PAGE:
View Full Version : Iraq Reconstruction Teams Delayed at State Department

04-13-2006, 11:30 AM
13 April Washington Post - Iraq Reconstruction Teams Delayed at State Department (http://www.washingtonpost.com/wp-dyn/content/article/2006/04/12/AR2006041201759.html).

Earlier this year, the State Department began soliciting personnel for provincial reconstruction teams (PRTs) for Iraq, a new concept designed to take diplomats out of Baghdad and into the provinces...

We urgently need talented State Department Foreign Service and Civil Service volunteers to staff sixteen new teams being formed beginning now and in early 2006," a State Department cable told employees. "The PRTs will assist Iraq's provincial governments with developing a transparent and sustained capability to govern, promoting increased security and rule of law, promoting political and economic development, and providing the provincial administration necessary to meet the basic needs of the population." The cable called for team leaders, deputy team leaders and provincial assistance officers, who it said were needed as early as January...

The rollout of the PRTs has been slowed by a debate between the Pentagon and State over whether the military or private contractors should provide security. As of April 7, job applications had been received for only 12 of 35 positions, according to the State Department's internal bid list. And, of all applicants, only one is deemed qualified based on grade level and previous expertise, according to the bid list.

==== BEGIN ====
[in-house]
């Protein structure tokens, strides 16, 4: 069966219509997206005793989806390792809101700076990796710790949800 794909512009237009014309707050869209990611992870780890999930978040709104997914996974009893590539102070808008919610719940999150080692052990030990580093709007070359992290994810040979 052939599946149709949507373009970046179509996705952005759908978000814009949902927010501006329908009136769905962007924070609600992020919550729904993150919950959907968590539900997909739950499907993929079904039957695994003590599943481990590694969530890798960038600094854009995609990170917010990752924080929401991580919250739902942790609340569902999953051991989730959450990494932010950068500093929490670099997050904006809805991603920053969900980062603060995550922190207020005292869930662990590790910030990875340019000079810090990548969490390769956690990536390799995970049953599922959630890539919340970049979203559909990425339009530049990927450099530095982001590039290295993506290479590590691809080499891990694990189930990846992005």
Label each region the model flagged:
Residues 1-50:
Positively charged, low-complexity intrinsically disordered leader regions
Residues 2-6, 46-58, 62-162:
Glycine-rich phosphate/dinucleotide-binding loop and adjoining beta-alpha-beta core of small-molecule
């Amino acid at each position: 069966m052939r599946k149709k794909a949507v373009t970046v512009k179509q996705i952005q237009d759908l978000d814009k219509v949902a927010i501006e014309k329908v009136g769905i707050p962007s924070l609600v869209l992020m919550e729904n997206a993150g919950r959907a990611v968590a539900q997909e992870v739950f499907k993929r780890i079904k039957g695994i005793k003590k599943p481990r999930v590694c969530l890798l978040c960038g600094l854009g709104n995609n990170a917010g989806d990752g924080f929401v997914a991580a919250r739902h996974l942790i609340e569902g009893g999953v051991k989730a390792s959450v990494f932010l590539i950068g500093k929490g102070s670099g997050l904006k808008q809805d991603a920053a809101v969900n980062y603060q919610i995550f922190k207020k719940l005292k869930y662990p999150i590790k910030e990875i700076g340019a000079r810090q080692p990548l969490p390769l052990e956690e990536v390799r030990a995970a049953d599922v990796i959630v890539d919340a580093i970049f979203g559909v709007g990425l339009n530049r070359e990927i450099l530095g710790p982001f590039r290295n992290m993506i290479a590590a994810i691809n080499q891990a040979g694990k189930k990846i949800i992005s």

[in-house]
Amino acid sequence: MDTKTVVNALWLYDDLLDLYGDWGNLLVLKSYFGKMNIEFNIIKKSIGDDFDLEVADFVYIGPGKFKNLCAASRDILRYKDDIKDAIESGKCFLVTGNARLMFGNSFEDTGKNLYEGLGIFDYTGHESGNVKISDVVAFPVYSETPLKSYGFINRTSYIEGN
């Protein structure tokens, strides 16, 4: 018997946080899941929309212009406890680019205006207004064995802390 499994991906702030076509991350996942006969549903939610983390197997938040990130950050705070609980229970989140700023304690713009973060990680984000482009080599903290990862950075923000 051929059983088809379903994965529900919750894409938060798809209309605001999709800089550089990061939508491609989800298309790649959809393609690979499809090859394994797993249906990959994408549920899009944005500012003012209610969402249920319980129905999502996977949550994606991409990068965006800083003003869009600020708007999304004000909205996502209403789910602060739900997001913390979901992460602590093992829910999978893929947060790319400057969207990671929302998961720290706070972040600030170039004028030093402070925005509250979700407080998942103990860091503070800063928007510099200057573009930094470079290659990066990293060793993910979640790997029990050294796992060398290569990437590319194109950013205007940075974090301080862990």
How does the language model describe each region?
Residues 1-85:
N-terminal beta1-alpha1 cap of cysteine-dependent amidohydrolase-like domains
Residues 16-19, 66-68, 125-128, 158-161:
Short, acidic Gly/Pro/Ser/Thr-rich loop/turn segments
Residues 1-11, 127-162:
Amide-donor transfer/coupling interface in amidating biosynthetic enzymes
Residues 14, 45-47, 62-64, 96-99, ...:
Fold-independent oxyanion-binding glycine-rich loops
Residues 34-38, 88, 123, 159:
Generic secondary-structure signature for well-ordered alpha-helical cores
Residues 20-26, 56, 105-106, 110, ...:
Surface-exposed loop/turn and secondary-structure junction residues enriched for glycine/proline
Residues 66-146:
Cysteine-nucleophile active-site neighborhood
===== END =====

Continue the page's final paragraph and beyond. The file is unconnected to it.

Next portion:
04-14-2006, 05:43 AM
14 April Washington Post - Military to Protect U.S. Aid Teams in Iraq (http://www.washingtonpost.com/wp-dyn/content/article/2006/04/13/AR2006041302073.html).

U.S. military forces will provide security for new reconstruction teams being set up in Iraq's provinces to coordinate U.S. aid, the State Department announced yesterday.

The announcement followed months of disagreement between the Pentagon and the State Department over whether to use U.S. troops or private security guards to ensure the safety of dozens of diplomats, aid workers and other civilian specialists who would staff the new outposts. State has argued that the teams warrant U.S. military protection, but the Pentagon, eager to reduce the number of U.S. troops in Iraq, had resisted committing to the new mission.

One senior State Department official involved in the interagency dispute said a general understanding was reached after Secretary of State Condoleezza Rice pressed concerns about relying on private guards, and after it became clear that State could get the funding and the personnel for the teams and was moving ahead with them...

A Pentagon spokesman confirmed that U.S. forces will be involved but said, "In general, the arrangements include facility and site security," omitting any mention of movement security. That appeared to leave open how team members would be protected while traveling off base...